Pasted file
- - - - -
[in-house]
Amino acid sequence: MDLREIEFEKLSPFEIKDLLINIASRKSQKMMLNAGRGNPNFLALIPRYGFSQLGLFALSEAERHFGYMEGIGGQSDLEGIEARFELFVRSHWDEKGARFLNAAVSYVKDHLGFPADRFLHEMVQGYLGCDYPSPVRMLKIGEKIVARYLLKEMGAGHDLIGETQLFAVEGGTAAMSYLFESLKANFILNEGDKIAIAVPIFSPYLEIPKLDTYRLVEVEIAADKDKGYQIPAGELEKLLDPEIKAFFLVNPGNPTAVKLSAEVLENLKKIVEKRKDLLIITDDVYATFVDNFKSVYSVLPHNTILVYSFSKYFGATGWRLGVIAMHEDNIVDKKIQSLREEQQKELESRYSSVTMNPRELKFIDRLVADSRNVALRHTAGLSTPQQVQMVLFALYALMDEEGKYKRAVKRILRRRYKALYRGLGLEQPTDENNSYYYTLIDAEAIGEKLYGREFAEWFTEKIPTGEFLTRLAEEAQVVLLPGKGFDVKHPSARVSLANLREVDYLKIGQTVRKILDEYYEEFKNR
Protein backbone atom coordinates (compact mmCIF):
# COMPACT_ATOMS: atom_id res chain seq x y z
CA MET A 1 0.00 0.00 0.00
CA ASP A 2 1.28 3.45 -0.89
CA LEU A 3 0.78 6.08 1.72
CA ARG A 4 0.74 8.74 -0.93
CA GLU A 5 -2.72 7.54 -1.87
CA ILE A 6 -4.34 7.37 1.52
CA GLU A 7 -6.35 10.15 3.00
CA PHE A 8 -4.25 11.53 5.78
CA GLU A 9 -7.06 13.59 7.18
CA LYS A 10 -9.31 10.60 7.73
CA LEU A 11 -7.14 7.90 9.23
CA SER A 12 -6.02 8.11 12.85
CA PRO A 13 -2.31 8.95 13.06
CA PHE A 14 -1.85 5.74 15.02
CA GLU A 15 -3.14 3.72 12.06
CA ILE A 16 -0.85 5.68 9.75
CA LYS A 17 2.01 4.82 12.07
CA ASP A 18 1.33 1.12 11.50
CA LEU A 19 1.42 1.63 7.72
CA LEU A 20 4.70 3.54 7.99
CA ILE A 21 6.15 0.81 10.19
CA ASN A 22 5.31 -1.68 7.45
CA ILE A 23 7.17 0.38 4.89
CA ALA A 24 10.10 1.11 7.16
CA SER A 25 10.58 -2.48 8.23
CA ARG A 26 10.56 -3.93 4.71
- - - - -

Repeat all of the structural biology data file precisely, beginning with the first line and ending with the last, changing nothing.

[in-house]
Amino acid sequence: MDLREIEFEKLSPFEIKDLLINIASRKSQKMMLNAGRGNPNFLALIPRYGFSQLGLFALSEAERHFGYMEGIGGQSDLEGIEARFELFVRSHWDEKGARFLNAAVSYVKDHLGFPADRFLHEMVQGYLGCDYPSPVRMLKIGEKIVARYLLKEMGAGHDLIGETQLFAVEGGTAAMSYLFESLKANFILNEGDKIAIAVPIFSPYLEIPKLDTYRLVEVEIAADKDKGYQIPAGELEKLLDPEIKAFFLVNPGNPTAVKLSAEVLENLKKIVEKRKDLLIITDDVYATFVDNFKSVYSVLPHNTILVYSFSKYFGATGWRLGVIAMHEDNIVDKKIQSLREEQQKELESRYSSVTMNPRELKFIDRLVADSRNVALRHTAGLSTPQQVQMVLFALYALMDEEGKYKRAVKRILRRRYKALYRGLGLEQPTDENNSYYYTLIDAEAIGEKLYGREFAEWFTEKIPTGEFLTRLAEEAQVVLLPGKGFDVKHPSARVSLANLREVDYLKIGQTVRKILDEYYEEFKNR
Protein backbone atom coordinates (compact mmCIF):
# COMPACT_ATOMS: atom_id res chain seq x y z
CA MET A 1 0.00 0.00 0.00
CA ASP A 2 1.28 3.45 -0.89
CA LEU A 3 0.78 6.08 1.72
CA ARG A 4 0.74 8.74 -0.93
CA GLU A 5 -2.72 7.54 -1.87
CA ILE A 6 -4.34 7.37 1.52
CA GLU A 7 -6.35 10.15 3.00
CA PHE A 8 -4.25 11.53 5.78
CA GLU A 9 -7.06 13.59 7.18
CA LYS A 10 -9.31 10.60 7.73
CA LEU A 11 -7.14 7.90 9.23
CA SER A 12 -6.02 8.11 12.85
CA PRO A 13 -2.31 8.95 13.06
CA PHE A 14 -1.85 5.74 15.02
CA GLU A 15 -3.14 3.72 12.06
CA ILE A 16 -0.85 5.68 9.75
CA LYS A 17 2.01 4.82 12.07
CA ASP A 18 1.33 1.12 11.50
CA LEU A 19 1.42 1.63 7.72
CA LEU A 20 4.70 3.54 7.99
CA ILE A 21 6.15 0.81 10.19
CA ASN A 22 5.31 -1.68 7.45
CA ILE A 23 7.17 0.38 4.89
CA ALA A 24 10.10 1.11 7.16
CA SER A 25 10.58 -2.48 8.23
CA ARG A 26 10.56 -3.93 4.71